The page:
This week, in â€œIntroduction to Film,â€ he seemingly finds it in a course taught by Professor Whitman (John Michael Higgins), an educator clearly too enamored with Robin Williamsâ€™ free-spirited zest in â€œDead Poets Society.â€ Homework assignments include swimming in a lake and informing 10 people of your love.
And the students are Dane Cook fans, so how hard can it be?
â€œNo tests,â€ he joyfully proclaims. â€œNo papers. You want an A? Live in the moment.â€
Sounds like the perfect carefree class, right? Surprisingly enough, even the blithe instructor can see through Jeffâ€™s thinly-veiled crusade for an academic cakewalk.
Now Jeff has the rest of the week to â€œCarpe Diem,â€ or else he will receive an F for the semester.
What follows is an exercise in hilarity as Jeff cunningly plots and schemes to feign cheerful spontaneity, though Whitman curtly informs him that had he not already cried at that morningâ€™s beautiful sunrise, he would have bawled at Jeffâ€™s pathetic attempts to look vivacious.
And yet, the professor insists that this impulsiveness must be authentically felt â€“ a natural, heartfelt response to touching stimuli â€“ like climbing a tree after witnessing a kiss, apparently.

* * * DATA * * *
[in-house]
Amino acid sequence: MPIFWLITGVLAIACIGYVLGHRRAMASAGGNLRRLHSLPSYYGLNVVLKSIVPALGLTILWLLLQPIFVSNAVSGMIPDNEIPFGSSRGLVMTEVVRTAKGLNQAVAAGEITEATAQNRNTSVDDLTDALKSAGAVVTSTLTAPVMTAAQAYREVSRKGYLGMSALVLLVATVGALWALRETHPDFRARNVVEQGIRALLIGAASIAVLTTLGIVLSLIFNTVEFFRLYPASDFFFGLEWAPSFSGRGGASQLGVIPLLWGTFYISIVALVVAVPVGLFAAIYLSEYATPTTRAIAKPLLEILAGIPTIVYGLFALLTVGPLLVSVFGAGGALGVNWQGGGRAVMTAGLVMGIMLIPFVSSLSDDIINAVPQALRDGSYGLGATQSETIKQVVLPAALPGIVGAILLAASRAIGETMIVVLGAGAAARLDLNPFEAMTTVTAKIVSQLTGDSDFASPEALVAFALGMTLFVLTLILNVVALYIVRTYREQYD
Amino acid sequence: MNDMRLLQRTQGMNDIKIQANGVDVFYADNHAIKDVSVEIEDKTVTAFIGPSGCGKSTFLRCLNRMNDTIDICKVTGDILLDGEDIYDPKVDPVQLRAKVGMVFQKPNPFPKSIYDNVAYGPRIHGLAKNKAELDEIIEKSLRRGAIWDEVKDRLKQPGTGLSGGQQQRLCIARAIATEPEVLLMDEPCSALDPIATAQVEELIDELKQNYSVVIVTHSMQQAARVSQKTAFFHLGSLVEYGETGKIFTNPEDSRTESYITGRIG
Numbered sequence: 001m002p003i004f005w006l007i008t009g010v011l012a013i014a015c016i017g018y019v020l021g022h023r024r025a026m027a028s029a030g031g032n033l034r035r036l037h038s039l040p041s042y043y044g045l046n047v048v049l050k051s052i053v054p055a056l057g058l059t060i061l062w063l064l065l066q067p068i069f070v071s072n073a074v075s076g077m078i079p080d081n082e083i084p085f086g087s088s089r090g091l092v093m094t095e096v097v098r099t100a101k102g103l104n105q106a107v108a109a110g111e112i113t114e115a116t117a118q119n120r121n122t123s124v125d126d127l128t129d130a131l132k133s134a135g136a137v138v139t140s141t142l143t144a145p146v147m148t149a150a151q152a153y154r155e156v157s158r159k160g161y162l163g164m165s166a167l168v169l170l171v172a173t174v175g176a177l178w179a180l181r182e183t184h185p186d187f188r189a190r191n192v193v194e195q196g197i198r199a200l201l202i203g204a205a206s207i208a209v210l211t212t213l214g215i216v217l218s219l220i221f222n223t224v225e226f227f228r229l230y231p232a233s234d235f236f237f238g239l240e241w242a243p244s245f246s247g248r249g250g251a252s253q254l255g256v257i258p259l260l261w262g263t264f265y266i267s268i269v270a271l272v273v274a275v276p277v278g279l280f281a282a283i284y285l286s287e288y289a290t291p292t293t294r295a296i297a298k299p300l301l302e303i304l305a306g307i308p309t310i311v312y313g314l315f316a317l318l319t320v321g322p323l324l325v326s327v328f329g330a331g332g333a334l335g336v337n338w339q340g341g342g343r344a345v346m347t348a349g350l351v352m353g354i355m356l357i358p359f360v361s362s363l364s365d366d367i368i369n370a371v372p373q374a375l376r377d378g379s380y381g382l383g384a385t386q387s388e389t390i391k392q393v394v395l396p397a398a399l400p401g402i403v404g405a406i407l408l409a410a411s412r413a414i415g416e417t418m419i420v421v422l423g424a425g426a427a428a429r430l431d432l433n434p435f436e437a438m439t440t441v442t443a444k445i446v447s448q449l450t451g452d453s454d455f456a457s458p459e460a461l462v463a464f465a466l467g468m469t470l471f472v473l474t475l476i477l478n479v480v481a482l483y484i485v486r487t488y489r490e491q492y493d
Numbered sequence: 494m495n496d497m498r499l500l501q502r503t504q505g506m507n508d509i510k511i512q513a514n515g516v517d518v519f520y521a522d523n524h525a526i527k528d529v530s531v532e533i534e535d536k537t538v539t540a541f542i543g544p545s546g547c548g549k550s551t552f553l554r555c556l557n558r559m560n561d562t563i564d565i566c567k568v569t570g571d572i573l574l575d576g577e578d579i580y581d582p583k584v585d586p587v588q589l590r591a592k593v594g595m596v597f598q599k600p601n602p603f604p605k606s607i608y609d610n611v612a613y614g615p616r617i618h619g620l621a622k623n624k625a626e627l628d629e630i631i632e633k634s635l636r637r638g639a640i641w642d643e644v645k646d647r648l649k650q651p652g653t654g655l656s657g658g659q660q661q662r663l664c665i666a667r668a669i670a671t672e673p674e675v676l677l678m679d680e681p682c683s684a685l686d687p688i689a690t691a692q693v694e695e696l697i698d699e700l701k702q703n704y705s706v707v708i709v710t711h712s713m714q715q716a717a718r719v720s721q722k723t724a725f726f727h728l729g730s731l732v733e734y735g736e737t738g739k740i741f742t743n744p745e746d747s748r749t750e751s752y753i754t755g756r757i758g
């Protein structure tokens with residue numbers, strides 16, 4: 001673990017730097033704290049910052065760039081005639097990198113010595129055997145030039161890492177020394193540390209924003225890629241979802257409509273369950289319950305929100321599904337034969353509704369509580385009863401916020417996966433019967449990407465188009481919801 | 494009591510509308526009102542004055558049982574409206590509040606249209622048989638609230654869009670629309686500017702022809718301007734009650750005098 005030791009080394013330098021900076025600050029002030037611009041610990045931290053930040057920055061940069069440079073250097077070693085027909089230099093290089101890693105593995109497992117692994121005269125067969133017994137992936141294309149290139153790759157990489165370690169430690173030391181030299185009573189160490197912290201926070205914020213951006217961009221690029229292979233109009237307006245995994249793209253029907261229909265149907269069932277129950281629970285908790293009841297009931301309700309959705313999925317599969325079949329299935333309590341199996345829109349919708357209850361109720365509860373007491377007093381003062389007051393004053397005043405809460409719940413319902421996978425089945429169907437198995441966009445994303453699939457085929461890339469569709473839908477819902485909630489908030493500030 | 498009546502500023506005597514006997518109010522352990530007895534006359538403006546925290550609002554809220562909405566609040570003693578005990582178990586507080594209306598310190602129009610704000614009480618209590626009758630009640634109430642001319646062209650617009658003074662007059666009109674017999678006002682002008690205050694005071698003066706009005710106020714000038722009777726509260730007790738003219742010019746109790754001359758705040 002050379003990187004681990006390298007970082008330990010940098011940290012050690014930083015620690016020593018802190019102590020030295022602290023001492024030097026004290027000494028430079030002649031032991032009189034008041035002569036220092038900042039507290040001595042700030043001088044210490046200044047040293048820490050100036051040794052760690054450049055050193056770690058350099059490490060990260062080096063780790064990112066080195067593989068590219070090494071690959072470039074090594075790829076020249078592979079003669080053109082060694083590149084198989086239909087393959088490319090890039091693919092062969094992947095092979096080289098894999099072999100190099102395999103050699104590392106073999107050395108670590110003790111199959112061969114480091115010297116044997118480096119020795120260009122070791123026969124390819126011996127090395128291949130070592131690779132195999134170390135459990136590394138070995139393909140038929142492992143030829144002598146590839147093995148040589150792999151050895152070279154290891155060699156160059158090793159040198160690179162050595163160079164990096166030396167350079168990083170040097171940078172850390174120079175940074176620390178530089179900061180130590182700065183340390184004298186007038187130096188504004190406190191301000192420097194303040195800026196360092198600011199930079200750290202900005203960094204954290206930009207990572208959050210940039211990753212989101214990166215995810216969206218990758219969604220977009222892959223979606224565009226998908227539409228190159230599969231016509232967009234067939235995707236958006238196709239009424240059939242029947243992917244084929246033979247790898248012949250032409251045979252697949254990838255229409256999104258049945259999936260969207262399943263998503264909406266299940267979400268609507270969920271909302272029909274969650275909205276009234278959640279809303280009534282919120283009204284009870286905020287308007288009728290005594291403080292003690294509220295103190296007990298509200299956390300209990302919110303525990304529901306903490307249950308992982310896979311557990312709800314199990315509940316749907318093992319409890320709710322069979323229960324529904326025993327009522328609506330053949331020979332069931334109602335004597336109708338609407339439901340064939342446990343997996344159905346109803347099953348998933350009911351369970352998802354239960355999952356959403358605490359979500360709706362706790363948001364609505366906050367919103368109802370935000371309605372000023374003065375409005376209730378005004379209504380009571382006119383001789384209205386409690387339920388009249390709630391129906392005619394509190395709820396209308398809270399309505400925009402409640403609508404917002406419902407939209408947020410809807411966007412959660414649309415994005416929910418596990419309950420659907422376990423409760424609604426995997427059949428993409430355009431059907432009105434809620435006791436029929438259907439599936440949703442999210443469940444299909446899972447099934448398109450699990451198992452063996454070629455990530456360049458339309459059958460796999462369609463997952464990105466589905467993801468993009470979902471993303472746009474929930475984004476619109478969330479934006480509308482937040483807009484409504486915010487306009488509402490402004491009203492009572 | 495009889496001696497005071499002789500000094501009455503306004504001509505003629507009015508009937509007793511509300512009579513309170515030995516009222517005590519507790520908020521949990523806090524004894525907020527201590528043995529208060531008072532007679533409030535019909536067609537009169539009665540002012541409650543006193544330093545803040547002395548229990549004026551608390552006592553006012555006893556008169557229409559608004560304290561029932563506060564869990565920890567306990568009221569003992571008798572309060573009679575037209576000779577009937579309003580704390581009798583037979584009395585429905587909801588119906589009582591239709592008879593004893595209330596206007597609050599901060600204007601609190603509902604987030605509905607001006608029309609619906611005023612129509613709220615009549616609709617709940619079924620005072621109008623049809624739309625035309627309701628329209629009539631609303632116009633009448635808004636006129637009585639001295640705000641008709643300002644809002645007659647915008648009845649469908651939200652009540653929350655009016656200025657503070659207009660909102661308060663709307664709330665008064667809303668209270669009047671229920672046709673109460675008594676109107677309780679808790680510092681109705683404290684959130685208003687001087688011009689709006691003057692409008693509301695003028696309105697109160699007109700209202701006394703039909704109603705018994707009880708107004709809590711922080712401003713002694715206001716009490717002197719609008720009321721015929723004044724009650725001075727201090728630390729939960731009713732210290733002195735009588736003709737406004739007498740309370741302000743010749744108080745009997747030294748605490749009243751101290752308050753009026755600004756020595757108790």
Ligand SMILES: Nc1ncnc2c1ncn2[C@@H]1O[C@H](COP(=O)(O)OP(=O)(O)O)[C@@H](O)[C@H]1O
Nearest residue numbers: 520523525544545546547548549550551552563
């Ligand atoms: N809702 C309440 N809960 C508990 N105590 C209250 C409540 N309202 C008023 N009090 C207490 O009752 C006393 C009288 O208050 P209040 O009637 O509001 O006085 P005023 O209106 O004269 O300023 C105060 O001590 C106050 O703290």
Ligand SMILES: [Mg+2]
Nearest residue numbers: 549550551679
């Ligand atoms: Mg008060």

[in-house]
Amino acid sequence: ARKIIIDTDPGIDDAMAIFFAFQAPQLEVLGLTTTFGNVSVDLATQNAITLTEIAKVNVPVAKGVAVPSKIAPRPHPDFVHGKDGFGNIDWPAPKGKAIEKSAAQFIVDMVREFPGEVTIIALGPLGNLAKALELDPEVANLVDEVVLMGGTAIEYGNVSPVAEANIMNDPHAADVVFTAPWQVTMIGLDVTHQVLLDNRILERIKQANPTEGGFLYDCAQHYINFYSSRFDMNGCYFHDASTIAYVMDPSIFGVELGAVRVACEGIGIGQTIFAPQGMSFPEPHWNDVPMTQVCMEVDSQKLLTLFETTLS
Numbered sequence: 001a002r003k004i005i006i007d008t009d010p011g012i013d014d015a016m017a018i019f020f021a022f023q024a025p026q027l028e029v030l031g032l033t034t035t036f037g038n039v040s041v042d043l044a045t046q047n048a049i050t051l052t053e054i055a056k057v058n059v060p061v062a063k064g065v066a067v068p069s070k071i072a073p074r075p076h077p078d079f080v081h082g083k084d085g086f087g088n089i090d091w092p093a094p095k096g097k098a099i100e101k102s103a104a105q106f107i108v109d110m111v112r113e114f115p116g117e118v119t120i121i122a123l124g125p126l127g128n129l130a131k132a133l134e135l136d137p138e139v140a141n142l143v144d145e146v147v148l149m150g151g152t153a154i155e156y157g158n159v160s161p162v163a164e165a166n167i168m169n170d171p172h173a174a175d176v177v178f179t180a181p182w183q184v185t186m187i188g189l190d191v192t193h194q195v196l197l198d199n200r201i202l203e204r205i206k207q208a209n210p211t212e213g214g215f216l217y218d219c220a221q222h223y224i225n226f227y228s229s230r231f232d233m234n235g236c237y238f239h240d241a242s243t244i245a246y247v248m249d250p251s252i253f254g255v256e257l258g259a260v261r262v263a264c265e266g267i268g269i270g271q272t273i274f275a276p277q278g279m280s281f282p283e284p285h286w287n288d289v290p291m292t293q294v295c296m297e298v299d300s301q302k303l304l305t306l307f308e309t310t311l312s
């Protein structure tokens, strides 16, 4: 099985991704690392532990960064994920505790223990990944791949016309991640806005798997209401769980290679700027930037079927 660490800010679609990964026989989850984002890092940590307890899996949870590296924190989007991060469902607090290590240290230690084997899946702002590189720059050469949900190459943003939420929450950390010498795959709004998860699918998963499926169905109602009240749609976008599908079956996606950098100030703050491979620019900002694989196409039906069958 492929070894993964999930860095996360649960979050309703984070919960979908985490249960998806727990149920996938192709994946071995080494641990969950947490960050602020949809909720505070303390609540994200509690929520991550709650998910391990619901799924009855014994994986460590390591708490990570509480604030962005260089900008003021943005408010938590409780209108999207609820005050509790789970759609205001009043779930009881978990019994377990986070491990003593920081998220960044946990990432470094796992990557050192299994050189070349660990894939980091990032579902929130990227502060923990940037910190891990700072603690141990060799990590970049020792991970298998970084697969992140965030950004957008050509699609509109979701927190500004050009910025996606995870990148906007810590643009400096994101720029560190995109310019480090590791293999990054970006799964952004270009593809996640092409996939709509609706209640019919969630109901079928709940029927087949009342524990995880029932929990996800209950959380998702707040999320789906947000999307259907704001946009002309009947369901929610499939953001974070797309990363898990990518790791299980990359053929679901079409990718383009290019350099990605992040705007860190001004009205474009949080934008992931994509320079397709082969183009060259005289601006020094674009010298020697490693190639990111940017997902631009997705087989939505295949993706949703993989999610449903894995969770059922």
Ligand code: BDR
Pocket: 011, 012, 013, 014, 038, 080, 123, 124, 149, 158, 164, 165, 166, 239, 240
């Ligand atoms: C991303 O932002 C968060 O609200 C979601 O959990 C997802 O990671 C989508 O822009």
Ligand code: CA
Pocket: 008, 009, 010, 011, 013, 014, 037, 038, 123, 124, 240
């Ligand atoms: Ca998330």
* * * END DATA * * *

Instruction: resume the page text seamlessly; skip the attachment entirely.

Meanwhile, Britta (Gillian Jacobs) discovers that Abedâ€™s (Danny Puti) father (Iqbal Theba) is keeping him from following his directorial dreams by forbidding him to enroll in a film course, as it has no relation to the family business. Feeling charitable, she immediately forks over the dough and unwittingly makes herself his erstwhile caretaker, much to the chagrin of his falafel-funded father.
The episodeâ€™s plot culminates in Abedâ€™s documentary â€“ an art-form that he describes as being â€œlike movies but with ugly peopleâ€ â€“ in which Jeff plays the role of his father and Britta, his mother.
Ultimately, despite several genuinely hilarious moments, this episode lacks the laugh-out-loud likeness of the previous two. In spite of that, it takes measured steps toward character development, especially from a romantic standpoint. Annie (Alison Brie) once again unintentionally hints toward a secret affection toward Troy (Donald Glover), who in turn struggles to overcome his incredibly girly sneeze with the help of Pierce (Chevy Chase), of all people.
Britta finally seems to notice Jeffâ€™s better qualities and Shirley (Yvette Nicole Brown) doesnâ€™t do much of anything, unfortunately, as sheâ€™s shown to be a hitherto engaging character.
With an intriguing start so far and a brand-spankinâ€™ new slot at eight-oâ€™clock Eastern, starting next week, â€œCommunityâ€ seems to be on a comedic roll.